“It would not be normal to book it at levels that were better than the dealer desk,” said Peter Tchir, founder of New York-based hedge fund TF Market Advisors. “That would strike me as a very big issue.”
The only way to truly prevent this from occurring in the future is to require ultra transparency.

Since ECB will only lend to solvent banks and all EU banks are insolvent, its time to run

According to a Bloomberg article, ECB President Mario Draghi says that the ECB will continue to lend to only solvent banks.  Since every bank in the EU is insolvent, by definition, the ECB is done lending.

Regular readers know that Mr. Draghi's statement is in direct contradiction to the rules for central bankers laid out by Walter Bagehot in the 1870s and discussed on this blog.

Rule number one for central bankers is that in times of crisis they are suppose to lend freely against good collateral at high interest rates.  This rule says absolutely nothing about whether the bank that is borrowing the money is solvent or not.

In fact, by writing the rule the way he does, Mr. Bagehot shows that he understands that bank solvency can change over time as it is defined as the current value of the bank's assets minus the book value of its liabilities.

In times of financial panic, assets tend to be valued at substantially less than they would be in more normal times.  As a result, a bank that is solvent in normal markets could be insolvent in a financial panic.

U.C. Berkeley Professor J. Bradford DeLong confirmed my reading of Mr. Bagehot in his article This Time, It Is Not Different.

As for the statement that all EU banks are insolvent, there are a number of different pieces of information that confirm this observation.

First, one need look no further than the latest EU stress test that showed that both the Netherlands bank Dexia and the Spanish bank Bankia passed.  Both has subsequently been nationalized.  In short, everyone knows that passing the stress tests does not equate to a bank being solvent.

Second, we have policymakers taking actions to bailout the banks.  For example, the Greek bailout was designed so that the money from the EU would flow directly to the banks.  A clear sign that the policymakers don't think the banks are solvent.

Third, we know that under regulatory forbearance the banks are hiding losses on and off their balance sheets (please note, if a bank were not hiding losses, it would provide ultra transparency to let market participants confirm this point and show that it can stand on its own two feet).  What this means is that the banks themselves cannot tell who is solvent and who is not.  As a result, the interbank lending market has frozen.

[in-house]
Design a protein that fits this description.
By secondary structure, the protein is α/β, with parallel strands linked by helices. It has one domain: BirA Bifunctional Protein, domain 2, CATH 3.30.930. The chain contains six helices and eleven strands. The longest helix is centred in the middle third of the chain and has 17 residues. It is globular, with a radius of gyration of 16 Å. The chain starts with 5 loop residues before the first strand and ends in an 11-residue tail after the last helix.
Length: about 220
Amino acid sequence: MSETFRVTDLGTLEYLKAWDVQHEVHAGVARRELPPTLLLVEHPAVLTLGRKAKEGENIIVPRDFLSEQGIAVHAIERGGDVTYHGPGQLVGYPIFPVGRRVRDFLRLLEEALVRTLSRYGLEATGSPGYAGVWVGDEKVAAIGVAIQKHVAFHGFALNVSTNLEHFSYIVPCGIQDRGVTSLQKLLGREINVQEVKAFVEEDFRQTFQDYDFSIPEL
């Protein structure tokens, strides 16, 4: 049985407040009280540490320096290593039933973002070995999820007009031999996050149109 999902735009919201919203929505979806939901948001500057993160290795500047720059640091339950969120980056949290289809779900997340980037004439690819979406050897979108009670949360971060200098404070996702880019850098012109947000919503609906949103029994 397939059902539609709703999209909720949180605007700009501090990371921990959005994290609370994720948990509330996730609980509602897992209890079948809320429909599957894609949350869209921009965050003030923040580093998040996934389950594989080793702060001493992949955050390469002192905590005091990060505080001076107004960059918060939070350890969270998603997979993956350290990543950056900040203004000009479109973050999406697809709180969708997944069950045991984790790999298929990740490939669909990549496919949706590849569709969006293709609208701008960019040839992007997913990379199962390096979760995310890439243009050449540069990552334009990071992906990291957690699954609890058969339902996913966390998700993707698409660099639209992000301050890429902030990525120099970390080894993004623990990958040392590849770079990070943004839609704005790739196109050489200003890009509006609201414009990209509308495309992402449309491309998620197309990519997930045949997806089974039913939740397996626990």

Fourth, we know that banks are still interconnected.  Are German banks really solvent if the insolvent Greek, Spanish and Italian banks trigger insolvency in the French banks too?

Given that Mr. Draghi says the ECB is only going to support solvent banks, then it is pretty clear what the prudent course of action is for EU depositors.  Run to their bank and withdraw their money before the system collapses.

Perhaps the ECB and Mr. Draghi would like to rethink their position...

European Central Bank President Mario Draghi said policy makers will keep focusing their crisis support on solvent euro area banks as he reiterated it’s not the ECB’s job to fix the cause of the region’s turmoil. 
“The ECB will continue lending to solvent banks and will keep the liquidity lines active and alive with solvent banks,” Draghi told a European Union Parliament committee in Brussels today....
 So much for lending to any bank in the EU.
When pressed on whether the ECB can step up action to tame financial turmoil and help cap widening bond spreads, Draghi said that “it’s not our duty, it’s not in our mandate” to “fill the vacuum left by the lack of action by national governments on the fiscal front,” on “the structural front, and on the governance front.”

Draghi signaled the ECB is in no rush to introduce a third three-year loan program as the turmoil hasn’t arrived at “the same levels reached in November 2011,” when such aid was first mooted. While the ECB’s lending can help improve bank liquidity, it cannot address risk aversion and capital shortages in the banking sector, he said. 
Apart from funding “there are two other issues that are now hampering credit flow, one is risk aversion” and “the second is lack of capital,” Draghi said. “We cannot do much about the two other reasons about the slowing in credit.”